The ban on smacking children must be overturned to help prevent a repeat of last summer’s riots, according to a senior Labour MP.
Former Education Minister David Lammy, who represents the Tottenham area of North London where the disturbances started, says working-class parents need to be able to discipline their children physically to deter them from joining gangs and getting involved in knife crime.
Calling for a return to the Victorian laws on discipline, Mr Lammy said parents were ‘no longer sovereign in their own homes’ and lived under constant fear that social workers would take away their children if they chastised them.
The MP said it was easier for middle-class parents to control their children as they could afford to pay for private schools, which have tougher discipline than state schools, as well as activities such as tennis lessons.
Mr Lammy, 39, said he was smacked as a child and it taught him self-discipline and respect, adding that he had smacked his own sons, aged three and five – mainly to protect them from danger.
He called for a reversal of Labour’s 2004 decision to tighten up the smacking law. Previously parents could use ‘reasonable chastisement’, while the new definition prohibits any force that causes ‘reddening of the skin’. Mr Lammy poured scorn on that description, saying it was irrelevant to black children.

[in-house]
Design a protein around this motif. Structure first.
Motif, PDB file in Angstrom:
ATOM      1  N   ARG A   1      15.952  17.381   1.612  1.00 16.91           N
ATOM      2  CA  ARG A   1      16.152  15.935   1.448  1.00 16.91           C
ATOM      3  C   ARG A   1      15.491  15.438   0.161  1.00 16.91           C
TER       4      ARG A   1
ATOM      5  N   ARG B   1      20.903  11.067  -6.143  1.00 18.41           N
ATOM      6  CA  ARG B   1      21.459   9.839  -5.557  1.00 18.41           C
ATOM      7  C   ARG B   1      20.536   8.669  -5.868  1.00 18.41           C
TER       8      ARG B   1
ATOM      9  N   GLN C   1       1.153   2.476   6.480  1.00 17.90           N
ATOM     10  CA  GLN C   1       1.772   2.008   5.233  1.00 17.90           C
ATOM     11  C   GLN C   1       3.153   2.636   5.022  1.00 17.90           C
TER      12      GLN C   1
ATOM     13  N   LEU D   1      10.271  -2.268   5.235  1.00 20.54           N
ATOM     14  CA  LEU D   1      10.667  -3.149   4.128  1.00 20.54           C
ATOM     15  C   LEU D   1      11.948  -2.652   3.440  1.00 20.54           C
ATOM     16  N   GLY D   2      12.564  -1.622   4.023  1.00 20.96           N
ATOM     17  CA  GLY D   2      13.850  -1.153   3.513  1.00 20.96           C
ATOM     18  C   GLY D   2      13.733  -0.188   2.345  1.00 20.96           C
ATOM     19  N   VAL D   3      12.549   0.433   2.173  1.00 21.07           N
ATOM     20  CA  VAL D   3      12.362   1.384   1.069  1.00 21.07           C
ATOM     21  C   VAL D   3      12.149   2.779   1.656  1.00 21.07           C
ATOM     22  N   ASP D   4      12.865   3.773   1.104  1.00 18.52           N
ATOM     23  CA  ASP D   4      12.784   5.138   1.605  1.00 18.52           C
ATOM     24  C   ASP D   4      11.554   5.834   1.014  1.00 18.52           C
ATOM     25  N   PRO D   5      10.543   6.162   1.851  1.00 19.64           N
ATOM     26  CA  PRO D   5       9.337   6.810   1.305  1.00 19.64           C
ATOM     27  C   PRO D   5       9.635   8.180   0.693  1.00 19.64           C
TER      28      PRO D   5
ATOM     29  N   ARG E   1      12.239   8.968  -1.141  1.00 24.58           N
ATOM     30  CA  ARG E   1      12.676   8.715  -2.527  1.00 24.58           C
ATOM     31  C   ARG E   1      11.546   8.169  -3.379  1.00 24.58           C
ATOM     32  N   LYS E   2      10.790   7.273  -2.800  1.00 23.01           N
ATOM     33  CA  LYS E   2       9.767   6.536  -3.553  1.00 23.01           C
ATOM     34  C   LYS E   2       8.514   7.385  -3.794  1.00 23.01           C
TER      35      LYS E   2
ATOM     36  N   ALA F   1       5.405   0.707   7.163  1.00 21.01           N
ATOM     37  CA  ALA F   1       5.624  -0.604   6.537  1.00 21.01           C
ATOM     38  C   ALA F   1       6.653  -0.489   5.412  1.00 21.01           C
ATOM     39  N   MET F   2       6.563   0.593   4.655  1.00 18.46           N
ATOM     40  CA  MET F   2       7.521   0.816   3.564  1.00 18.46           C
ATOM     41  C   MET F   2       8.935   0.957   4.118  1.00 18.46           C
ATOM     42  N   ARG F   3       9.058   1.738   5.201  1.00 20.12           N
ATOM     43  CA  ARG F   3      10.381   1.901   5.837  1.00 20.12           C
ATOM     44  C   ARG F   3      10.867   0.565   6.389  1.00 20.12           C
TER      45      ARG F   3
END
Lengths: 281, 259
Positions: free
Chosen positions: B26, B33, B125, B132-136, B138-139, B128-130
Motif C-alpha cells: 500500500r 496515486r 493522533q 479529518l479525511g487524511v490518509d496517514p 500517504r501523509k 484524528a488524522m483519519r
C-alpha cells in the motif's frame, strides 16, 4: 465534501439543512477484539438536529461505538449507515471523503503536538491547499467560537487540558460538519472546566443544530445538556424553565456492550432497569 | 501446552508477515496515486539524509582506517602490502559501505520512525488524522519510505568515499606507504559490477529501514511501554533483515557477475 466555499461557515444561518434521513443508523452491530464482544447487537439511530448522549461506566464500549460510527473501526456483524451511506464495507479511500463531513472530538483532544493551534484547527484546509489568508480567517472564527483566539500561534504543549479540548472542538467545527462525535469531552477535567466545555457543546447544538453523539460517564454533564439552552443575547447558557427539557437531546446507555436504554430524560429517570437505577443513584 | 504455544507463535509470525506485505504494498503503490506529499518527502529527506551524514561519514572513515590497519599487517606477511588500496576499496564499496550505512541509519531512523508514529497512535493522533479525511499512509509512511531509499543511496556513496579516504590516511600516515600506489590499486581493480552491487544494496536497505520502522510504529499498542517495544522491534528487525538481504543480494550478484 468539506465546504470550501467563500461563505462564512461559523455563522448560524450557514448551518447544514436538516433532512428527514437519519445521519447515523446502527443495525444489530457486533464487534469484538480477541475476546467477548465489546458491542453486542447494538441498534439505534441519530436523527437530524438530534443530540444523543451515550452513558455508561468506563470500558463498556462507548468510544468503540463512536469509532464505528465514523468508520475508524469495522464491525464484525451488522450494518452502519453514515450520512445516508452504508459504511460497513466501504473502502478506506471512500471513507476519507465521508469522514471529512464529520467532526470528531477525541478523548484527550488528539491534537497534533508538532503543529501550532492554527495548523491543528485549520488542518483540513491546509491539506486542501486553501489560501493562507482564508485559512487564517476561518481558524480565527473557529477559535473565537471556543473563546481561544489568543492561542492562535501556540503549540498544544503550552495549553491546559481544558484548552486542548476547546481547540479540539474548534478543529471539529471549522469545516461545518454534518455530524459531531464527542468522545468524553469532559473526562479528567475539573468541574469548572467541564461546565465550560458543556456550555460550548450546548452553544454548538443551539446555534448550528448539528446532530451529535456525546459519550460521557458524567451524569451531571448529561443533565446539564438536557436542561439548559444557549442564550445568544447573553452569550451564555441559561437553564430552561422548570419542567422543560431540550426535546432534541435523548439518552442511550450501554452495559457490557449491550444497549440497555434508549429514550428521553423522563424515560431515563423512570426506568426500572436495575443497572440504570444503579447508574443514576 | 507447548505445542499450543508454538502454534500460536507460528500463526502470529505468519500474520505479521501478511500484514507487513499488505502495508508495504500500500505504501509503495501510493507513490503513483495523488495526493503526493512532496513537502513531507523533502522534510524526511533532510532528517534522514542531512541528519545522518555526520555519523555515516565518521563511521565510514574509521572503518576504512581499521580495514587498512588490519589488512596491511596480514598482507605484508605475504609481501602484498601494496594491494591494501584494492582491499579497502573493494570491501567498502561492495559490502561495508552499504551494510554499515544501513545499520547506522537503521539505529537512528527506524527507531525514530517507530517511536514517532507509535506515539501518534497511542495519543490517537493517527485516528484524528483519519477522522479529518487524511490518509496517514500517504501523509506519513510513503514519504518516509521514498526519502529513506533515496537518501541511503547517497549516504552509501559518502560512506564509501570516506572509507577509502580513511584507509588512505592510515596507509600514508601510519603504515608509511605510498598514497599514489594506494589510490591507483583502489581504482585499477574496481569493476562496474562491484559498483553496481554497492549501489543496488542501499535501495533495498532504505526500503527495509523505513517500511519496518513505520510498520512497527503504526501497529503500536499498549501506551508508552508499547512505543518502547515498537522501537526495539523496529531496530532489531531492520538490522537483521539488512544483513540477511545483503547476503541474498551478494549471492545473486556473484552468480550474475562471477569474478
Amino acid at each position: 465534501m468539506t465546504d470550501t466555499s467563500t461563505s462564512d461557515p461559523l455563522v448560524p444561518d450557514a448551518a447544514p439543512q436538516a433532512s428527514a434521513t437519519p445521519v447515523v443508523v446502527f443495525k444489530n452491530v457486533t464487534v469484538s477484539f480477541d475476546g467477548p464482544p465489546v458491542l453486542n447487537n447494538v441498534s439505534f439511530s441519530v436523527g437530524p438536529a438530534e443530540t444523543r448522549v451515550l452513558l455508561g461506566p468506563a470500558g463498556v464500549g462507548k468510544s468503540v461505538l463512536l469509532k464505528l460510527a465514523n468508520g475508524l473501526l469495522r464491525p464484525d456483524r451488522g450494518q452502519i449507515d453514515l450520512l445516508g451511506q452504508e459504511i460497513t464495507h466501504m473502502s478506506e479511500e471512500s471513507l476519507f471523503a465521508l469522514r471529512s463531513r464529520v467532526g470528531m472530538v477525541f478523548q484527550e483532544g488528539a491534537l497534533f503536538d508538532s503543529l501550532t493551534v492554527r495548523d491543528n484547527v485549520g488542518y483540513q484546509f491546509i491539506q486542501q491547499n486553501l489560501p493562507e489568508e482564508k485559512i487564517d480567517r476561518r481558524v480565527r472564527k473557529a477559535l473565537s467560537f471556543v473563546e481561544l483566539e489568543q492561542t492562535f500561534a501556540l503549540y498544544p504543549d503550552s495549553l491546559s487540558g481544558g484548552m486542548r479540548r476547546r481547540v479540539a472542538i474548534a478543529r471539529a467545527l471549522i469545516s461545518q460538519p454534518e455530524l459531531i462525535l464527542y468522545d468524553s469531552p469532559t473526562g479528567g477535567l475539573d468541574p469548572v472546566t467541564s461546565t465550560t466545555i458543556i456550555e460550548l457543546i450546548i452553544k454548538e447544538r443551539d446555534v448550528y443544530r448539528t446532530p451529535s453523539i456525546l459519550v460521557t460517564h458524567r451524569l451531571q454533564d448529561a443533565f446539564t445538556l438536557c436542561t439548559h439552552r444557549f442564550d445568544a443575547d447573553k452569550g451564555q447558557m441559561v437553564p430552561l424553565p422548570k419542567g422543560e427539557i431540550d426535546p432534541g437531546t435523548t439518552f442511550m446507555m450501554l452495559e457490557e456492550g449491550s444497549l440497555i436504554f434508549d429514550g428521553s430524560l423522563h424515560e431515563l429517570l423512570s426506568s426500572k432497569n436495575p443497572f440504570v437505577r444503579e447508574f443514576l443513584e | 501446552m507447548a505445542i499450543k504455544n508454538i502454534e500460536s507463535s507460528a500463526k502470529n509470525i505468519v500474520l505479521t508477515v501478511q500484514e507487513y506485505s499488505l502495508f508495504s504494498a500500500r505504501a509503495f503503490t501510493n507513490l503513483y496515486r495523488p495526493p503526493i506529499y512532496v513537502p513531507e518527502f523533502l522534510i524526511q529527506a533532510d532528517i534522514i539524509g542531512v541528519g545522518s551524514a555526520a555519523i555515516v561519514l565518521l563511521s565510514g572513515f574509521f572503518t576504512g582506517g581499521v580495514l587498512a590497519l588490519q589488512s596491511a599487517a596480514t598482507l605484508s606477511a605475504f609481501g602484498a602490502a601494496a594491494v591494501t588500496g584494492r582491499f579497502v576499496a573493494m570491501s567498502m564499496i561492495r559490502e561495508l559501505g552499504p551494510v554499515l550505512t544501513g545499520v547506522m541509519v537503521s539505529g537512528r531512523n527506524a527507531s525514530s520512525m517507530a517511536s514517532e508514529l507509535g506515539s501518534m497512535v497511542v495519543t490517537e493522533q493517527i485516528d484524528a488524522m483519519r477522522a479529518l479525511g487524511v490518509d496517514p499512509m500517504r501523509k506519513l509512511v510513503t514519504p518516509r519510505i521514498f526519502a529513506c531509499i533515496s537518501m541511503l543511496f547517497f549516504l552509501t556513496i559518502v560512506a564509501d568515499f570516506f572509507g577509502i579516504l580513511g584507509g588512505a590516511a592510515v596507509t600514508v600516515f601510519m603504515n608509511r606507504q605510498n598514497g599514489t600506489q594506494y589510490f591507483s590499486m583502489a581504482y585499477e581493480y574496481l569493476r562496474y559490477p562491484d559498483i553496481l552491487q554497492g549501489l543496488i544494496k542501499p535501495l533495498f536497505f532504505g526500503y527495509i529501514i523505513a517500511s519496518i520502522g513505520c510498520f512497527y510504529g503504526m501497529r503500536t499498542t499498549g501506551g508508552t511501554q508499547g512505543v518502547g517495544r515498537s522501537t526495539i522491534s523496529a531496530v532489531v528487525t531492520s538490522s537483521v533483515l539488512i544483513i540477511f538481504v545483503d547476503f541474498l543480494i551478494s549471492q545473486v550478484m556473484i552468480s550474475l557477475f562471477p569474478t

He said: ‘Many of my constituents came up to me after the riots and blamed the Labour Government, saying, “You guys stopped us being able to smack our children.”
‘When this was first raised with me I was pretty disparaging. But I started to listen. These parents are scared to smack their children and paranoid that social workers will get involved and take their children away.
‘The law used to allow “reasonable chastisement”, but current legislation stops actions that lead to a reddening of the skin – which for a lot of my non-white residents isn’t really an issue.’